It is estimated that by 2050, almost half the world will be short sighted. Having myopia (short sightedness) puts your child at risk for certain eye conditions like cataract, glaucoma, tears or detachment of retina or myopic macular degeneration which can threaten their eye sight.1
Is there a cure for myopia?
As of now there is no cure for myopia. No eye exercises or vitamins or medicines can reverse myopia. Wearing the right spectacles or undergoing laser surgery as an adult can correct one’s vision but cannot cure myopia.
A ray of hope…
Interestingly, the recent few years have seen the emergence of fascinating new technology which shines a ray of hope. Orthokeratology is a treatment where children wear contact lenses at night while sleeping and have shown to slow down the progress of myopia. Atropine eye drops have also been found useful.
Two new technologies of spectacle lenses have found to have slowed down the progression of myopia in children. These two technologies are HAL (Highly Aspherical Lenslet) and DIMS (Defocus incorporated multiple segments). These are particularly useful in children who are not ready for contact lenses.
How do HAl and DIMS lenses work in myopia?
Normally we are able to see clearly because the rays of light reflect off objects, enter our eye and are focused onto the retina at the back of our eye. In myopic eyes, the eyeball is longer because of which the rays get focused in front of the retina causing persons with myopia to see blurry images if they do not wear glasses. Wearing minus powered glasses bends the rays of light such that they get focused exactly on the retina. However, this focusing happens only with our central vision, while the peripheral vision remains defocused. The rays of light that meet behind the retina now gradually go on to give a feedback to the brain that the eye is shorter than needed. Hence over time, the eyeball grows slightly longer causing the spectacle powers to increase over time.
Now this is where these new lenses work differently. They have a central area which works like normal glasses for central vision2 . Around this central area is a special zone which causes the rays of light to now meet in front of the retina gradually reducing the feedback going to the brain that the eye ball needs to elongate (ultimately slowing the increase of the spectacle numbers).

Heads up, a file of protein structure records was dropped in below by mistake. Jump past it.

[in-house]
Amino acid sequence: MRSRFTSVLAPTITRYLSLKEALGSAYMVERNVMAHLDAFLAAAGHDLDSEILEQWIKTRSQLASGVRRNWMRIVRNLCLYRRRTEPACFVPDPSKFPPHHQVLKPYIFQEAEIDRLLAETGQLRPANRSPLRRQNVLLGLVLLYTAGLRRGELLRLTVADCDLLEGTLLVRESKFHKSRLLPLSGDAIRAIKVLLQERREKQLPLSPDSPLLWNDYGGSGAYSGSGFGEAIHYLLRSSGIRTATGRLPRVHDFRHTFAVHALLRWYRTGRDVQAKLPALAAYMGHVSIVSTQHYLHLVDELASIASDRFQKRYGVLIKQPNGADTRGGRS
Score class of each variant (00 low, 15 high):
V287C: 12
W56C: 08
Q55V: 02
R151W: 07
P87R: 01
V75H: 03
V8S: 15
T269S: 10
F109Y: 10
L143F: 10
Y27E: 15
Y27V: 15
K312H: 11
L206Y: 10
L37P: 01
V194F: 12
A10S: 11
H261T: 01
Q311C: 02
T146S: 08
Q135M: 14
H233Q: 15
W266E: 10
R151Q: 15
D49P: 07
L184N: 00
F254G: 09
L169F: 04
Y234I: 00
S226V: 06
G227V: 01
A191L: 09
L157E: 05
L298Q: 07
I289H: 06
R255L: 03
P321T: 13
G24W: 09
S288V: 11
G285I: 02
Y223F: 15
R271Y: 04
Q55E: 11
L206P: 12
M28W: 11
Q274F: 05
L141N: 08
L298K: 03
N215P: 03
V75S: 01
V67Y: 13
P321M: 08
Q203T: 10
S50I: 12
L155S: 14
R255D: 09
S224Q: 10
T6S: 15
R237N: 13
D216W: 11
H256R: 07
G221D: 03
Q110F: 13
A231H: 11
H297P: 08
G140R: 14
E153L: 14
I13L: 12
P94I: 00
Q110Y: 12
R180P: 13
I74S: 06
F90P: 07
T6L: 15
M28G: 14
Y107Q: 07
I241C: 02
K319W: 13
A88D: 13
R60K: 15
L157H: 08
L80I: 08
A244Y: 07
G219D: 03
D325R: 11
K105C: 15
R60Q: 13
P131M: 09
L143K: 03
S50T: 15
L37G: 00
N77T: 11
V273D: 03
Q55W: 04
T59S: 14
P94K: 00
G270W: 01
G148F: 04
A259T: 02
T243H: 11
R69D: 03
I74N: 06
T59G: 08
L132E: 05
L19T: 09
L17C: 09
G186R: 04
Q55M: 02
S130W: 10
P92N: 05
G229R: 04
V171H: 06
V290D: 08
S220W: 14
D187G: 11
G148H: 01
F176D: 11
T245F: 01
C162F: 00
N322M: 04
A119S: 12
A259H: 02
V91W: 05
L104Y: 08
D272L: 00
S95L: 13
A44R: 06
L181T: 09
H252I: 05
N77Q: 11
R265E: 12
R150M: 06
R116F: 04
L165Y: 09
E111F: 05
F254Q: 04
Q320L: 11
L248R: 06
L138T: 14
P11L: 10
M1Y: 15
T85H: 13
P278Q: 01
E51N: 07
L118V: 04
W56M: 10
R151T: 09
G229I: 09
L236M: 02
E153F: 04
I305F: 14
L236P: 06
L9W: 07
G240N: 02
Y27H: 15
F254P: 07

Do these slow the progress of myopia?
A number of studies done in the last 2 -3 years have shown promising results. A latest study presented in May 2022 studied children for a six year period.3 The study found that a group of kids who wore DIMS spectacles had a definitely slower progress of myopia than the group which wore regular spectacles (called single vision spectacles) throughout or a group that wore DIMS spectacles for 3.5 years and then switched to regular glasses. Another Vietnamese study in children also showed that HAL lenses helped slow down the progression of Myopia.
In India, these lenses ar available in private practice since Feb – March 2022 and are an exciting new development in slowing progress of myopia in our children.
- Williams K, Hammond C. High myopia and its risks. Community Eye Health. 2019;32(105):5-6.
- The Adaptation and Acceptance of Defocus Incorporated Multiple Segment Lens for Chinese Children – Scientific Figure on ResearchGate. Available from: https://www.researchgate.net/figure/The-optical-design-of-Defocus-Incorporated-Multiple- Segments-DIMS-lenses-The-center-of_fig1_337940998 [accessed 27 Aug, 2022]
- Carly SY Lam, Wing Chun Tang, Han Yu Zhang, Dennis Yan-yin Tse, Chi-ho To; Myopia control in children wearing DIMS spectacle lens: 6 years results. Invest. Ophthalmol. Vis. Sci. 2022;63(7):4247.
Want to know more about controlling your child’s spectacle numbers? Consult Paediatric Eye Specialist Dr. Prachi Agashe at Agashe Hospital in Kurla, Mumbai. You can get in touch with Dr. Prachi Agashe via email at email@example.com or book an appointment by calling on +91 98673 55353